Injectable Hydrogel First Treatment to Repair Heart Damage After Stroke
Bioengineers from the University of California, San Diego have demonstrated a new injectable hydrogel that can repair damage from heart attacks, help the heart grow new tissue and blood vessels, and get the heart moving closer to how a healthy heart should in a study in pigs. The gel is injected through a catheter without requiring surgery or general anesthesia — a less invasive procedure for patients.
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“While more people today are initially surviving heart attacks, many will eventually go into heart failure,” said Christman. “Our data show that this hydrogel can increase cardiac muscle and reduce scar tissue in the region damaged by the heart attack, which prevents heart failure. These results suggest this may be a novel minimally invasive therapy to prevent heart failure after a heart attack in humans.”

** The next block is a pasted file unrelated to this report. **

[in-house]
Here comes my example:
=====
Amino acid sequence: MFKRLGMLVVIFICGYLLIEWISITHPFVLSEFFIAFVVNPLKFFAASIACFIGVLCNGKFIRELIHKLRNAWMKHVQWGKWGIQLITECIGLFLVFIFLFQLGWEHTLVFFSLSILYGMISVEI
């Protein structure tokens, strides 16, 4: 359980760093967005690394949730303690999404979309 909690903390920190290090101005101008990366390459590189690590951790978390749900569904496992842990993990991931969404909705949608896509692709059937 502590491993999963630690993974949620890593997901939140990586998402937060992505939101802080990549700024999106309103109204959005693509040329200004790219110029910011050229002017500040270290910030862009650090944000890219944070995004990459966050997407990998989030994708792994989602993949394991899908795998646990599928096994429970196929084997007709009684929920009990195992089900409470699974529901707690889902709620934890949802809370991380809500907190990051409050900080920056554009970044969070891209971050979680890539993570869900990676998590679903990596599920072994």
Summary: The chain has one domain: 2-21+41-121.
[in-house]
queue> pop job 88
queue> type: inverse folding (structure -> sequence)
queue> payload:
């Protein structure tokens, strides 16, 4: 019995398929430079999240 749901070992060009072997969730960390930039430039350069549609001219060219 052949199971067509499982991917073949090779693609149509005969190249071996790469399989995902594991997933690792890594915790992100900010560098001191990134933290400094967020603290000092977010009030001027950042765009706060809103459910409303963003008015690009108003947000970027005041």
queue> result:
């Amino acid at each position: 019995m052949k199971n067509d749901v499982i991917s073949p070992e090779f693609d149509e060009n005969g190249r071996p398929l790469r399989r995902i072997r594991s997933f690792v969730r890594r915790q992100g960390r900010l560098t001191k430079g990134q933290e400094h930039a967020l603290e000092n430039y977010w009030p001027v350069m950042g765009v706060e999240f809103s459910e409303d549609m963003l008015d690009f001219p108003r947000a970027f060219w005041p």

This new method could become highly relevant, since there are an estimated 785,000 new heart attack cases in the United States each year, with no established treatment for repairing the resulting damage to cardiac tissue.
The university explains that "the hydrogel is made from cardiac connective tissue that is stripped of heart muscle cells through a cleansing process, freeze-dried and milled into powder form, and then liquefied into a fluid that can be easily injected into the heart. Once it hits body temperature, the liquid turns into a semi-solid, porous gel that encourages cells to repopulate areas of damaged cardiac tissue and to improve heart function. The material is also biocompatible; animals treated with the hydrogel suffered no adverse effects such as inflammation, lesions or arrhythmic heart beating, according to safety experiments conducted as part of the study. Further tests with human blood samples showed that the gel had no affect on the blood’s clotting ability, which underscores the biocompatibility of the treatment for use in humans.